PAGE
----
Do you regularly pick up hitchhikers? Most people don’t, perhaps mostly because they’re scared the hitchhiker will pull a gun or knife on them. To someone from another culture, this wouldn’t make much sense, that a hitchhiker would even want to do that. To us, it doesn’t make sense that anyone would want to take vengeance on a good Samaritan. But this was a very real threat in that culture, for the scenario Jesus made up in that parable. From Poet & Peasant and Through Peasant Eyes,
What we are dealing with is an irrational response, not a reasoned action. We have no evidence of any inn in the middle of the desert. The natural assumption of the story is that the Samaritan took the man downhill to Jericho…. In any case the inn is either in a community or in touch with one. The Samaritan, by allowing himself to be identified, runs a grave risk of having the family of the wounded man seek him out to take vengeance upon him. After all, who else is there? The group mind of Middle Eastern peasant society makes a totally illogical judgment…. The stranger who involves himself in an accident is often considered partially, if not totally, responsible…. After all, why did he stop?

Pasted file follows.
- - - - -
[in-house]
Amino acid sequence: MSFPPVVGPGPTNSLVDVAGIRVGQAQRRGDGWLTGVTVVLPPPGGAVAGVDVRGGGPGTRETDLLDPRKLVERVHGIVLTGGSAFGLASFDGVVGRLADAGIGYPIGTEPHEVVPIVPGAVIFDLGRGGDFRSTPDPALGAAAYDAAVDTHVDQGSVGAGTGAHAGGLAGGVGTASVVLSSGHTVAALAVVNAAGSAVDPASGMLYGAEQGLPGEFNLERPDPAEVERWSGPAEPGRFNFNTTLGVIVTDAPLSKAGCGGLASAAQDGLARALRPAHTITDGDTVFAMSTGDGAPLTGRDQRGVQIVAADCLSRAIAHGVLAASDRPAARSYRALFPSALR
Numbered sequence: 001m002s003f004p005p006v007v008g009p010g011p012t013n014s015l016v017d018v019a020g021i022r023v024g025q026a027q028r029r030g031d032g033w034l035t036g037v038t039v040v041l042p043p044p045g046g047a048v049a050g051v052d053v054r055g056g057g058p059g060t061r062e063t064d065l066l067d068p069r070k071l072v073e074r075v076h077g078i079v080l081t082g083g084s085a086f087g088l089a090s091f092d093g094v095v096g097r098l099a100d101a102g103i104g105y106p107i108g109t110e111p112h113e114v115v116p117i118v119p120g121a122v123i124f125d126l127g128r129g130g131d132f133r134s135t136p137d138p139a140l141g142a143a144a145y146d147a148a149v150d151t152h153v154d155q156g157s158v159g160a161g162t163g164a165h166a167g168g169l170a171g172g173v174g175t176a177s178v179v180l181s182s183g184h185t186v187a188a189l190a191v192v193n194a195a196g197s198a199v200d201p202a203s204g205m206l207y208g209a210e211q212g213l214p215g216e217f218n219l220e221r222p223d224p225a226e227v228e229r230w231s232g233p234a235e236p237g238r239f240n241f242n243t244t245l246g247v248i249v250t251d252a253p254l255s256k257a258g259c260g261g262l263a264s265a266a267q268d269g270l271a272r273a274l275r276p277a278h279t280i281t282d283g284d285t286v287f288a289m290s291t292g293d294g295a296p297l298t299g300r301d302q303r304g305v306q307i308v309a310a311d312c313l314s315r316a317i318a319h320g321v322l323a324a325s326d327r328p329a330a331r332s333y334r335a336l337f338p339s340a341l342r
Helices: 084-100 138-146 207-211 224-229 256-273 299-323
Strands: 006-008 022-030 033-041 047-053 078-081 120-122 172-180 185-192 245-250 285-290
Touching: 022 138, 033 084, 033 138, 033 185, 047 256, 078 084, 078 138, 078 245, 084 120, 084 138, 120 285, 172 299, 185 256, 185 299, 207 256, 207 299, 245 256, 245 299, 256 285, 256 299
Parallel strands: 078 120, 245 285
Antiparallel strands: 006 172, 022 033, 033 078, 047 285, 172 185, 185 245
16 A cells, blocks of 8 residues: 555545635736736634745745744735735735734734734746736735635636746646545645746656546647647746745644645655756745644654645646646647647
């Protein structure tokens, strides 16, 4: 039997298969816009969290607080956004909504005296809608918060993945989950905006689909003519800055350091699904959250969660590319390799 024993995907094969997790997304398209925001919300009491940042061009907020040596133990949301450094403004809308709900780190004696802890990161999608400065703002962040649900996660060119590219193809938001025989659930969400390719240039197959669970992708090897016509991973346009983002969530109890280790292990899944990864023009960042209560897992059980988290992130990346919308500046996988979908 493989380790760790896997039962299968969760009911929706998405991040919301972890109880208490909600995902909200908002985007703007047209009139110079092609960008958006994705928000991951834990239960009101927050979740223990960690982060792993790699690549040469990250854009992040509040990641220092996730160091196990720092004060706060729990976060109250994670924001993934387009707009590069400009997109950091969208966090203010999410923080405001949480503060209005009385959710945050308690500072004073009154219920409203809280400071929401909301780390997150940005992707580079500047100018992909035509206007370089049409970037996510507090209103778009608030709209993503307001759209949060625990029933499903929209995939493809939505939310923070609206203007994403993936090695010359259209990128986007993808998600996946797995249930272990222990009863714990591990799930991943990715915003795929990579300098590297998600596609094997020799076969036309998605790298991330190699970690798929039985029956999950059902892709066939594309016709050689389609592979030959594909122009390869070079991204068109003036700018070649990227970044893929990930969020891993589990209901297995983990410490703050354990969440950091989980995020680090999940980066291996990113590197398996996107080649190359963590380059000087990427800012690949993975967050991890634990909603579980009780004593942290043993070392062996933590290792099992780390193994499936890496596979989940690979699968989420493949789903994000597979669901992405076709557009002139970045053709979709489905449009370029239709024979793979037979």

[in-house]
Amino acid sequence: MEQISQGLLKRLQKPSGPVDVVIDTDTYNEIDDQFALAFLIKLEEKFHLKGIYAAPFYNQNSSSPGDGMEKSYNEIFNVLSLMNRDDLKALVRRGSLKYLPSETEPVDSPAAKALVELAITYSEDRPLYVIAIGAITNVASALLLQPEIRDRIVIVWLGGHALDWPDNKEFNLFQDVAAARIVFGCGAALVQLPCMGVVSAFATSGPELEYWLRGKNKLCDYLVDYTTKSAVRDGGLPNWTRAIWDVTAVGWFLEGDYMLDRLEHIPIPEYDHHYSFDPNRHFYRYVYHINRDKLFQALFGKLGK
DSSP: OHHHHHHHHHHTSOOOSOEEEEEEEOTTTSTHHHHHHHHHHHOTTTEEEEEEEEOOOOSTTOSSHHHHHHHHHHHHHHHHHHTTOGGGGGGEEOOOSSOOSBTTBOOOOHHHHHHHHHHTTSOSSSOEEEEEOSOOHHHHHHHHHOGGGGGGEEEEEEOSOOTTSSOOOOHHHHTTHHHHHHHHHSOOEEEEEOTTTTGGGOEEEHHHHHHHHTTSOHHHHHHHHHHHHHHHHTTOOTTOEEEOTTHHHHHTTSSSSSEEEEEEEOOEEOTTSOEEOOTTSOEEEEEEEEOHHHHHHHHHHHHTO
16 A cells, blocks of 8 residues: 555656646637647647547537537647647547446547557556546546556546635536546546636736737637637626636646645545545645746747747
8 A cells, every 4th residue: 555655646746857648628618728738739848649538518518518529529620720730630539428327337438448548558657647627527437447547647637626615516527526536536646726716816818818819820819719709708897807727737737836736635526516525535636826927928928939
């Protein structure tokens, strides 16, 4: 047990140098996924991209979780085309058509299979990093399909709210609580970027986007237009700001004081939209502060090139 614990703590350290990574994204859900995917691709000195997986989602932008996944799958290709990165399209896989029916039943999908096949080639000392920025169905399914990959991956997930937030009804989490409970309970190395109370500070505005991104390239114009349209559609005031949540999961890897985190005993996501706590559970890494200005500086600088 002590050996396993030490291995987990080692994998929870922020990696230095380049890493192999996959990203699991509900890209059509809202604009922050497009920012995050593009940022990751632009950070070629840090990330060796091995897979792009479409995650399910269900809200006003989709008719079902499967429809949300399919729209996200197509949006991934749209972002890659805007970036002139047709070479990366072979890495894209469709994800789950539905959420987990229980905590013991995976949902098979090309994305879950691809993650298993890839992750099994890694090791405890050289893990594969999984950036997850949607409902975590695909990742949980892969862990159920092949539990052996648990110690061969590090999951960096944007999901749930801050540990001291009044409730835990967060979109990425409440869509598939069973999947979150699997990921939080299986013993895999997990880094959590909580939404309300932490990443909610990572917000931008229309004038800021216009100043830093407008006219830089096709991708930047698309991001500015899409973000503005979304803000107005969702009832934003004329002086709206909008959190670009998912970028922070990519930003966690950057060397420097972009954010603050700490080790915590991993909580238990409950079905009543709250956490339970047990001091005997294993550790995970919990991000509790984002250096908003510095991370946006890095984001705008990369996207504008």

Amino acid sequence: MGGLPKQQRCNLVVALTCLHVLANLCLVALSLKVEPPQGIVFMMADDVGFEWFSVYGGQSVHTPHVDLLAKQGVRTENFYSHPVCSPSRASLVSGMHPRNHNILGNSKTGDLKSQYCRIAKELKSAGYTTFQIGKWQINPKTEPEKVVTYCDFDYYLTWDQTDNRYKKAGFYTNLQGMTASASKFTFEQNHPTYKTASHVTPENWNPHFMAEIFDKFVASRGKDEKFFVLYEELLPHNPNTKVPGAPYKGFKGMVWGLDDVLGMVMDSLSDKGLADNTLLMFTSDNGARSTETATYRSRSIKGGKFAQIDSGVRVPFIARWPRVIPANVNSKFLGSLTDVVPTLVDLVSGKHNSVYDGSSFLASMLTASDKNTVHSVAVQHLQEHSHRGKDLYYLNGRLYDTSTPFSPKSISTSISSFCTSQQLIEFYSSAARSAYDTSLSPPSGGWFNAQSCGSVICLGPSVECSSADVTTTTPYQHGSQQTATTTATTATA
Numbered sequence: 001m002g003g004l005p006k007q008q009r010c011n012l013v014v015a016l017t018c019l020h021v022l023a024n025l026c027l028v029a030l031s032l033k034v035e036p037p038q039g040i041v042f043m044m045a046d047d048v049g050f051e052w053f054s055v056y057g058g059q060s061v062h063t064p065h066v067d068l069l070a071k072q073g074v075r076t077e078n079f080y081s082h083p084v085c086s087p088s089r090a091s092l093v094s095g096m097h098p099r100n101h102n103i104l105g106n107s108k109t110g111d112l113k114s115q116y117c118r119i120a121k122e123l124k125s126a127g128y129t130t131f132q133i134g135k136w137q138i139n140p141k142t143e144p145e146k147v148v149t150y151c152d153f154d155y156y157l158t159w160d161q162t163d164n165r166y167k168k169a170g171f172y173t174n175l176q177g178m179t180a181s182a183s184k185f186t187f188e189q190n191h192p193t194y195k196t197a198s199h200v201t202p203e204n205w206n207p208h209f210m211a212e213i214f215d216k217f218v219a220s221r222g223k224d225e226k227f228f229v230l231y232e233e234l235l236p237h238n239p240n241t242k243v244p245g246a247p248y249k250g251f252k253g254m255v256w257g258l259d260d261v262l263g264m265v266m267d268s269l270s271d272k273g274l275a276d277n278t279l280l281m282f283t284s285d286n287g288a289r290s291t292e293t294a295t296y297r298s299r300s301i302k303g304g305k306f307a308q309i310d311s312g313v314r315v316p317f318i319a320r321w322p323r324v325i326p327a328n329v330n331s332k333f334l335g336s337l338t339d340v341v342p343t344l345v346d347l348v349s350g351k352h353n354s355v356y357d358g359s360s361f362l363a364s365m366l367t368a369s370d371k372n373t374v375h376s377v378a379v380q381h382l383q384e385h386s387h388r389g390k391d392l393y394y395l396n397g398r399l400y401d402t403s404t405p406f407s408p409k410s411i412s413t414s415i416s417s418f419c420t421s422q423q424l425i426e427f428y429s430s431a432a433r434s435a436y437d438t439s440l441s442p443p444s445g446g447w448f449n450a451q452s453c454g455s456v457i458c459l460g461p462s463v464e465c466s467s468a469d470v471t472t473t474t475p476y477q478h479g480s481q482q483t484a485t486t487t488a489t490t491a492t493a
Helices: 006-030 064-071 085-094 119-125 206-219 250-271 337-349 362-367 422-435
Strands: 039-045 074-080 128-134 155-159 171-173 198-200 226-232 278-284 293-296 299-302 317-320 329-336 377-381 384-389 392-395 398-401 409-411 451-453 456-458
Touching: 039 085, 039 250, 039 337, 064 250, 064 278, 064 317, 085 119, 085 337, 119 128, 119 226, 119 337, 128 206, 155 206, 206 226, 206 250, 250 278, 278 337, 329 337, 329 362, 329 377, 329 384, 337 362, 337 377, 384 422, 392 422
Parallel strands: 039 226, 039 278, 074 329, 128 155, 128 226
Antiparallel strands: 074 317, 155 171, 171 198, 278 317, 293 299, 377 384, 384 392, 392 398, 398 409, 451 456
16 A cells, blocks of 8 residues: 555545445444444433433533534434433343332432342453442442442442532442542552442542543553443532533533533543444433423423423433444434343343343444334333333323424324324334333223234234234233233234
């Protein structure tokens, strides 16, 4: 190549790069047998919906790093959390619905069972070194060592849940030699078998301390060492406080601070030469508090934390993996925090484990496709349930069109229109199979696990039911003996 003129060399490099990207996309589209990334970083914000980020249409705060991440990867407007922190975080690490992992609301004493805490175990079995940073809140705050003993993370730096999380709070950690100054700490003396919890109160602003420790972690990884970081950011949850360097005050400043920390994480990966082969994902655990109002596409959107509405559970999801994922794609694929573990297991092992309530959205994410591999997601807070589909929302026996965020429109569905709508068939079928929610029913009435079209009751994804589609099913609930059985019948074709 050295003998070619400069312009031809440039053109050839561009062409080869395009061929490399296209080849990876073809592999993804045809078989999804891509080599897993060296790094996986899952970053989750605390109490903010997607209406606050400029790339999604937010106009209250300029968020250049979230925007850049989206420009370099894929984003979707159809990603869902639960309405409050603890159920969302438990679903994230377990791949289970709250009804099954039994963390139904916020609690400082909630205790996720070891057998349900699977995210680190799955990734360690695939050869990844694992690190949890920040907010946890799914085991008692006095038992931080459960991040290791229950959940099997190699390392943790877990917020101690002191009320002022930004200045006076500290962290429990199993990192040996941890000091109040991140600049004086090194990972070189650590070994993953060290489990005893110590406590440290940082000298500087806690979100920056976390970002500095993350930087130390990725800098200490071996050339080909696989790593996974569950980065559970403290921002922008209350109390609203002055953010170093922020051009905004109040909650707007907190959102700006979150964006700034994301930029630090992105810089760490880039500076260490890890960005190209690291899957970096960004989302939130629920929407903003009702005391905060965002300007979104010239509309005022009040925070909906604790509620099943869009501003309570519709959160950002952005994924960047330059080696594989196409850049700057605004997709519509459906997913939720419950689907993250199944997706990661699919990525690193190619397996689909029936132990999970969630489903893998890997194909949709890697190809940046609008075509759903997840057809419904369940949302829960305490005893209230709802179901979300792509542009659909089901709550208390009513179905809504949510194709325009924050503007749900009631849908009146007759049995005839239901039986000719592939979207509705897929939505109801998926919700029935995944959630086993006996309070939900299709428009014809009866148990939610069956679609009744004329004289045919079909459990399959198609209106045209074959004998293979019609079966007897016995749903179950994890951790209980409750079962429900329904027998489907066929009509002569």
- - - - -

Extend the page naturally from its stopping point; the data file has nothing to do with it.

Have you ever wondered why the conflict in the Middle East never ends? You’ll wonder no more if you envision this better. Golda Meir said, “Peace will come when the Arabs will love their children more than they hate us.” And more from my above-mentioned source,
Mosaic legislation established cities of refuge for people under the threat of death from blood vengeance retaliation. This legislation provided an escape valve for a custom it could not eradicate. The concept of retaliation, deeply reflected in the Old Testament, is still with us. Modern law in many Middle Eastern countries also makes certain allowances for blood vengeance killings…the custom of blood-revenge is too deeply rooted to be under the control of these feudal lords…. It is plain that Moses, clothed with all the influence and power of an inspired law-giver, could not eradicate this dreadful custom, and was merely commissioned to mitigate its horrors by establishing cities of refuge…. Thus this phenomenon was a problem for Old Testament society and continued in full force through the nineteenth century.
What drives such irrational behavior except a self-righteous, judgmental and even a suspicious spirit? A spirit governed by an easily-angered people, prone to bitterness? And what drives a good Samaritan to take care of a man half-dead on the roadside except for love and concern? Especially in light of such a vengeance-seeking culture? 1 Corinthians 13 says “spirituality” is nothing but a clanging noise if there’s no love.
Praise God for the love he showed us by sending his Son. Let’s pray we’ll love each other and those around us in the same way.